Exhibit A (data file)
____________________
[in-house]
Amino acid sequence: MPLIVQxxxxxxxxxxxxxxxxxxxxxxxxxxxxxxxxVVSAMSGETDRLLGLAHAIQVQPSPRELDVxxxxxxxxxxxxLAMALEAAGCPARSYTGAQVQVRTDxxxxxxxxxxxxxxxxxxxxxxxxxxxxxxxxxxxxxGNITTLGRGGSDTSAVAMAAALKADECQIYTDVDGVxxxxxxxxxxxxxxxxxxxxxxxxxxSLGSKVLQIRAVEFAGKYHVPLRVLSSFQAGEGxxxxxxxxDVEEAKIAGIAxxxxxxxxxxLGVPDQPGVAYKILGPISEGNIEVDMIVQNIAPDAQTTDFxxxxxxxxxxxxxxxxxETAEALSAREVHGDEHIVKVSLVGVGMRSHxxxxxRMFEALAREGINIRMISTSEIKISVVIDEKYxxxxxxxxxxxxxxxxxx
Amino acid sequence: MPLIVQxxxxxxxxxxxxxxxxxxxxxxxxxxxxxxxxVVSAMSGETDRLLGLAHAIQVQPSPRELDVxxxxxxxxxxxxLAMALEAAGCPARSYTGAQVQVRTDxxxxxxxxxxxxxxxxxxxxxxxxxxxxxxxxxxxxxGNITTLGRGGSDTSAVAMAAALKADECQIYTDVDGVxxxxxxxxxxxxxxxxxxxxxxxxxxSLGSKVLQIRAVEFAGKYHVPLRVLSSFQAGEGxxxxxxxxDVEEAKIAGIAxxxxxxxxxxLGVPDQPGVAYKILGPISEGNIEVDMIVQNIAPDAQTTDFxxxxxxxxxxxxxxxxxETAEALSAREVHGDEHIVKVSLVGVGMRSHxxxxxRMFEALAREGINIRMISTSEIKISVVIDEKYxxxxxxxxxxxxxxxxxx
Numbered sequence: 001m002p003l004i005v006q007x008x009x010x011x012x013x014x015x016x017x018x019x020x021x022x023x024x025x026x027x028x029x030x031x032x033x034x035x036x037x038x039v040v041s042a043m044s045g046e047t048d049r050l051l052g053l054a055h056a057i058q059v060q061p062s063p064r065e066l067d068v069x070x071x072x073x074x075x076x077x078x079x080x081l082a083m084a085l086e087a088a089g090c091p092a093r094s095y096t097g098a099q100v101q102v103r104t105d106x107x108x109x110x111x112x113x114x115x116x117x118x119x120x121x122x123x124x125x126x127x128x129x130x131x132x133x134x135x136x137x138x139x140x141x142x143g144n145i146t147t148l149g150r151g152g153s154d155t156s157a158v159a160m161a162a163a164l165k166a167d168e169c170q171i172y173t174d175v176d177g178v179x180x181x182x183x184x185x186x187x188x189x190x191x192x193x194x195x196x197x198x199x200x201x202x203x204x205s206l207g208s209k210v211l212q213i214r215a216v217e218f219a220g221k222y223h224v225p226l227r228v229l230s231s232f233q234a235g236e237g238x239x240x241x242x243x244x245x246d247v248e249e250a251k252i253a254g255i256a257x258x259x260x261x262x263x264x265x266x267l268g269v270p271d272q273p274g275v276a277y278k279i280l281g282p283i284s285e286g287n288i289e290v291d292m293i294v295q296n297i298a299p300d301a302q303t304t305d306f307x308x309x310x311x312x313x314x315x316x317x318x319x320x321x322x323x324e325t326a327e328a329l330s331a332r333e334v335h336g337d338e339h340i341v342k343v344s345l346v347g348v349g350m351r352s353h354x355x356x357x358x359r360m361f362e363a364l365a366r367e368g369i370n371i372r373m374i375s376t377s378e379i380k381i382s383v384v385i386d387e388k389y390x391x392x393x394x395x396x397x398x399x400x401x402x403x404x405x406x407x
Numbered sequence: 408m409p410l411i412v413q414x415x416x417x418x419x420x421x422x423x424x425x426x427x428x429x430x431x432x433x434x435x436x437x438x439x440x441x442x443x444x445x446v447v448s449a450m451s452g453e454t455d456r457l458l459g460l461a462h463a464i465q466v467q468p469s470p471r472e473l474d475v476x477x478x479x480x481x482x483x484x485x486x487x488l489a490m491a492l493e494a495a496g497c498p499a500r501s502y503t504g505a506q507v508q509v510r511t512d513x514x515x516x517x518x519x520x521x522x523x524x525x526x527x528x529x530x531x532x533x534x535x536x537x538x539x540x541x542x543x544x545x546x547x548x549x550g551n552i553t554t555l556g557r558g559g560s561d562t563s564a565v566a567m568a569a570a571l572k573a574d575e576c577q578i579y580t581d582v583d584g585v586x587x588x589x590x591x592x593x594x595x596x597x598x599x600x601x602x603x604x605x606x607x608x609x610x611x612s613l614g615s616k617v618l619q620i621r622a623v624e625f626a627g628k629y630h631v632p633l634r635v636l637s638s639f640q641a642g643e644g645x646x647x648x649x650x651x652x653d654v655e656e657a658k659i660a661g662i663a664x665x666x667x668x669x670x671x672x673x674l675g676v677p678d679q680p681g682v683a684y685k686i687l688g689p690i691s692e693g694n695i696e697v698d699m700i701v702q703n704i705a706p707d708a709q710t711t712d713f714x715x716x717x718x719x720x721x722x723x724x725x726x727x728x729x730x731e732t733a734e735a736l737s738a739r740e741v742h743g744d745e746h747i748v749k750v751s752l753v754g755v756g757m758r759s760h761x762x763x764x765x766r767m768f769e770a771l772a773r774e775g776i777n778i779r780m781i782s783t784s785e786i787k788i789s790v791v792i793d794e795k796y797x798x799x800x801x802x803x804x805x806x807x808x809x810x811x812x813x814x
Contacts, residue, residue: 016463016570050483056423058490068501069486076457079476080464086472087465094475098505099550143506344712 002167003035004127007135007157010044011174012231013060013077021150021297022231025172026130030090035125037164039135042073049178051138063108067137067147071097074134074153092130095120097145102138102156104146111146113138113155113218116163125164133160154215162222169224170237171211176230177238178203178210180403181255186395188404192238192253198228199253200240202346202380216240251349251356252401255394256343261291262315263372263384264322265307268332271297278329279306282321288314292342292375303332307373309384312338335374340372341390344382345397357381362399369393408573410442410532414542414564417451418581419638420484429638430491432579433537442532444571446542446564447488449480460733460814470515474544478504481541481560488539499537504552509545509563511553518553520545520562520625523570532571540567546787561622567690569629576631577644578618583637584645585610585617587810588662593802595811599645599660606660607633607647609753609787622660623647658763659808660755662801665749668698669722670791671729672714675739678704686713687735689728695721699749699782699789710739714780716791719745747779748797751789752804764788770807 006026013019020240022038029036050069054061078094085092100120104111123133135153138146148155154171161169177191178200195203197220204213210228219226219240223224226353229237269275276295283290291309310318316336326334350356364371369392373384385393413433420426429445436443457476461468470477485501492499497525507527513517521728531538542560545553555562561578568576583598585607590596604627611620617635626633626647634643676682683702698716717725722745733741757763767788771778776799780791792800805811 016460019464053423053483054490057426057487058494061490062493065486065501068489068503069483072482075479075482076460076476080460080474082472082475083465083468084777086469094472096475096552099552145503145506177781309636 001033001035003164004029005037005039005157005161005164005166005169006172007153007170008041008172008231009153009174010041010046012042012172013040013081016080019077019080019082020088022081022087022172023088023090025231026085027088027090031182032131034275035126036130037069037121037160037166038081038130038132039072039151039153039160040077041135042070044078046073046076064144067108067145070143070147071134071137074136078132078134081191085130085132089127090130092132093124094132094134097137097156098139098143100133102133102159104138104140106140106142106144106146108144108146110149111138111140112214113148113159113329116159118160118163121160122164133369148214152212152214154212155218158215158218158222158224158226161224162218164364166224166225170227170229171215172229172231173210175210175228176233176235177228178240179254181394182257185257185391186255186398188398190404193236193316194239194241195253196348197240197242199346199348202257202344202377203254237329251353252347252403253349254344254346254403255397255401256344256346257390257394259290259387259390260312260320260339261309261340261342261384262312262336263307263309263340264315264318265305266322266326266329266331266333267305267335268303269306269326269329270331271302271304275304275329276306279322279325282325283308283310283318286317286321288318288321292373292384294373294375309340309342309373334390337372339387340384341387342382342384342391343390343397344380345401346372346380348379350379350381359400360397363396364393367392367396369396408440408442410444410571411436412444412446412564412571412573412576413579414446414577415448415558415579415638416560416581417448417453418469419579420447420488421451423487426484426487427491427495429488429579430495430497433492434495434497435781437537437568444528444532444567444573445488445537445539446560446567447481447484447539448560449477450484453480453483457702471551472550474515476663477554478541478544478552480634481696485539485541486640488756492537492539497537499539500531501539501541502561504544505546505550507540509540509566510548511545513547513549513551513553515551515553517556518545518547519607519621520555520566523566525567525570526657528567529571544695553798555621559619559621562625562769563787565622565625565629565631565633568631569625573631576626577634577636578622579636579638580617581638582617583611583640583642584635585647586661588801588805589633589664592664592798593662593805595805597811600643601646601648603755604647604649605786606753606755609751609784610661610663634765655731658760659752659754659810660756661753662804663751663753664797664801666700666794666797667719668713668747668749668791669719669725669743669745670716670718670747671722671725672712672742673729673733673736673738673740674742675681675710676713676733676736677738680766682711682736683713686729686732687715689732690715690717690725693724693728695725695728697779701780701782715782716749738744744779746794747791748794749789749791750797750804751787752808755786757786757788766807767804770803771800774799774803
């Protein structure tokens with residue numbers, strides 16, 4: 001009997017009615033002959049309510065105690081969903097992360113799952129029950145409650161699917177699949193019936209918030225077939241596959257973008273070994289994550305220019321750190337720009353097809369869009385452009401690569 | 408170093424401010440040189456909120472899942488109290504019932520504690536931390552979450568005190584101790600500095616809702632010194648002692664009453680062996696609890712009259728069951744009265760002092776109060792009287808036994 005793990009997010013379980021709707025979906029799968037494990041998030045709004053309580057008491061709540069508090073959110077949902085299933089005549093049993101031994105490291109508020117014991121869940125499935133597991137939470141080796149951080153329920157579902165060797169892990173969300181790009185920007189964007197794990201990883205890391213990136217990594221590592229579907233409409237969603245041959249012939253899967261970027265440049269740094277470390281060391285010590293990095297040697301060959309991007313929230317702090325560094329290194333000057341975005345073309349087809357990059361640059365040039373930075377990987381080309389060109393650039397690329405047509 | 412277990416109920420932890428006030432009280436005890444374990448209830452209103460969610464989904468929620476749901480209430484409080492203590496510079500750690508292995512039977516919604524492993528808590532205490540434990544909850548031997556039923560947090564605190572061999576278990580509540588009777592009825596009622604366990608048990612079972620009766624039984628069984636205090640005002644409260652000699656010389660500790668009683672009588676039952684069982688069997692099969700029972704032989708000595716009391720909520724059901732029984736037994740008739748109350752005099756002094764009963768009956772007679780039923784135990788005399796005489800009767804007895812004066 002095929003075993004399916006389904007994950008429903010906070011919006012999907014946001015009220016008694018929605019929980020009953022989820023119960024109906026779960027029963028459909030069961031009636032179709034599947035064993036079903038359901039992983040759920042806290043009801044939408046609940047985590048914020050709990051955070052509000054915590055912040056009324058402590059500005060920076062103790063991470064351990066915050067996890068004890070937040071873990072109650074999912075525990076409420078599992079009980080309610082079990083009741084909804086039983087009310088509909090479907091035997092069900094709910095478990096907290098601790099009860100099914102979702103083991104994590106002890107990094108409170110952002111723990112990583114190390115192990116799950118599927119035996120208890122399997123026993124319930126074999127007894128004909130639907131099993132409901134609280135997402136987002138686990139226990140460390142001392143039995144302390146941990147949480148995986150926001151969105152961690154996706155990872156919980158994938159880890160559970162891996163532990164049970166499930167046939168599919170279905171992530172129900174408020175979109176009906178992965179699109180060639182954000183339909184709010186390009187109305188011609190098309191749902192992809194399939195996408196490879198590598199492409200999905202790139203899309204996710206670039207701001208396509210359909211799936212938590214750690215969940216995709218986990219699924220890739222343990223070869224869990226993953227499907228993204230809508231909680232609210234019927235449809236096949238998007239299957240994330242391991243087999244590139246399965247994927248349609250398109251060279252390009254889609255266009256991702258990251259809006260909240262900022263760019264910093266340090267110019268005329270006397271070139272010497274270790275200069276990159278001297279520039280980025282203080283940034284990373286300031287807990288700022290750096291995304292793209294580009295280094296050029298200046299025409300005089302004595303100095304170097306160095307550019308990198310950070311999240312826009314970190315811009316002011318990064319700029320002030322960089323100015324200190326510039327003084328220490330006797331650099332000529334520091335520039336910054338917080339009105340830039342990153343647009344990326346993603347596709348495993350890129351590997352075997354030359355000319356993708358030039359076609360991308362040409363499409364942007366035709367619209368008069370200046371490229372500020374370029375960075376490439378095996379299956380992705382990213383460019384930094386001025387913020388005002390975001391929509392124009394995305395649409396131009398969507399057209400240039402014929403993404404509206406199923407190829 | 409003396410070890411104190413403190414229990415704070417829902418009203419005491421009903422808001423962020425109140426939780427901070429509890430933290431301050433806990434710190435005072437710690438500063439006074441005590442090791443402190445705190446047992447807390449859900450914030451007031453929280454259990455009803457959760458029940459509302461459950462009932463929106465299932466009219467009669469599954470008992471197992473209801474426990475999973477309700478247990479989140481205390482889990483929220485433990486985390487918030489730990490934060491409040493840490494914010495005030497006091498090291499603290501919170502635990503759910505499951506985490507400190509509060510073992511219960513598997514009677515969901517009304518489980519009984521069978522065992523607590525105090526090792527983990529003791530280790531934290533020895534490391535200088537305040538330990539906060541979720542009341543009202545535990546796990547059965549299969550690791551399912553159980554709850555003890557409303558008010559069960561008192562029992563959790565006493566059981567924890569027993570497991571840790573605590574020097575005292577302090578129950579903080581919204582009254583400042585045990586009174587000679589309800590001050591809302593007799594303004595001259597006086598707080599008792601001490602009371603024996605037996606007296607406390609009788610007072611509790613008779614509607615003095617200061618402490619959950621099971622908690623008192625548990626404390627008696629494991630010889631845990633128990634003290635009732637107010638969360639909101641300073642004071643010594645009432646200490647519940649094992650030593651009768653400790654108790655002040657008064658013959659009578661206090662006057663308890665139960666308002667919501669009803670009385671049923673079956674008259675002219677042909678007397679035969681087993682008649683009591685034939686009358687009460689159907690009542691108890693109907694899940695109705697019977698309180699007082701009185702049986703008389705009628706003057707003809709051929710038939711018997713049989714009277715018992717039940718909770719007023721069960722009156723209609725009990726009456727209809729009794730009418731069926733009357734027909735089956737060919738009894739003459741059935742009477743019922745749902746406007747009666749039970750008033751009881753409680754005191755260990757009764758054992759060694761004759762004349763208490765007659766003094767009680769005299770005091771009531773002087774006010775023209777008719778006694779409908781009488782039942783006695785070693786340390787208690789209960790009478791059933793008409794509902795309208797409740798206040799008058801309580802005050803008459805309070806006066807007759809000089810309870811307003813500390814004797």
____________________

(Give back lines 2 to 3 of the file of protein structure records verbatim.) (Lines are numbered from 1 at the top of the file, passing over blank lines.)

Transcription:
Amino acid sequence: MPLIVQxxxxxxxxxxxxxxxxxxxxxxxxxxxxxxxxVVSAMSGETDRLLGLAHAIQVQPSPRELDVxxxxxxxxxxxxLAMALEAAGCPARSYTGAQVQVRTDxxxxxxxxxxxxxxxxxxxxxxxxxxxxxxxxxxxxxGNITTLGRGGSDTSAVAMAAALKADECQIYTDVDGVxxxxxxxxxxxxxxxxxxxxxxxxxxSLGSKVLQIRAVEFAGKYHVPLRVLSSFQAGEGxxxxxxxxDVEEAKIAGIAxxxxxxxxxxLGVPDQPGVAYKILGPISEGNIEVDMIVQNIAPDAQTTDFxxxxxxxxxxxxxxxxxETAEALSAREVHGDEHIVKVSLVGVGMRSHxxxxxRMFEALAREGINIRMISTSEIKISVVIDEKYxxxxxxxxxxxxxxxxxx
Amino acid sequence: MPLIVQxxxxxxxxxxxxxxxxxxxxxxxxxxxxxxxxVVSAMSGETDRLLGLAHAIQVQPSPRELDVxxxxxxxxxxxxLAMALEAAGCPARSYTGAQVQVRTDxxxxxxxxxxxxxxxxxxxxxxxxxxxxxxxxxxxxxGNITTLGRGGSDTSAVAMAAALKADECQIYTDVDGVxxxxxxxxxxxxxxxxxxxxxxxxxxSLGSKVLQIRAVEFAGKYHVPLRVLSSFQAGEGxxxxxxxxDVEEAKIAGIAxxxxxxxxxxLGVPDQPGVAYKILGPISEGNIEVDMIVQNIAPDAQTTDFxxxxxxxxxxxxxxxxxETAEALSAREVHGDEHIVKVSLVGVGMRSHxxxxxRMFEALAREGINIRMISTSEIKISVVIDEKYxxxxxxxxxxxxxxxxxx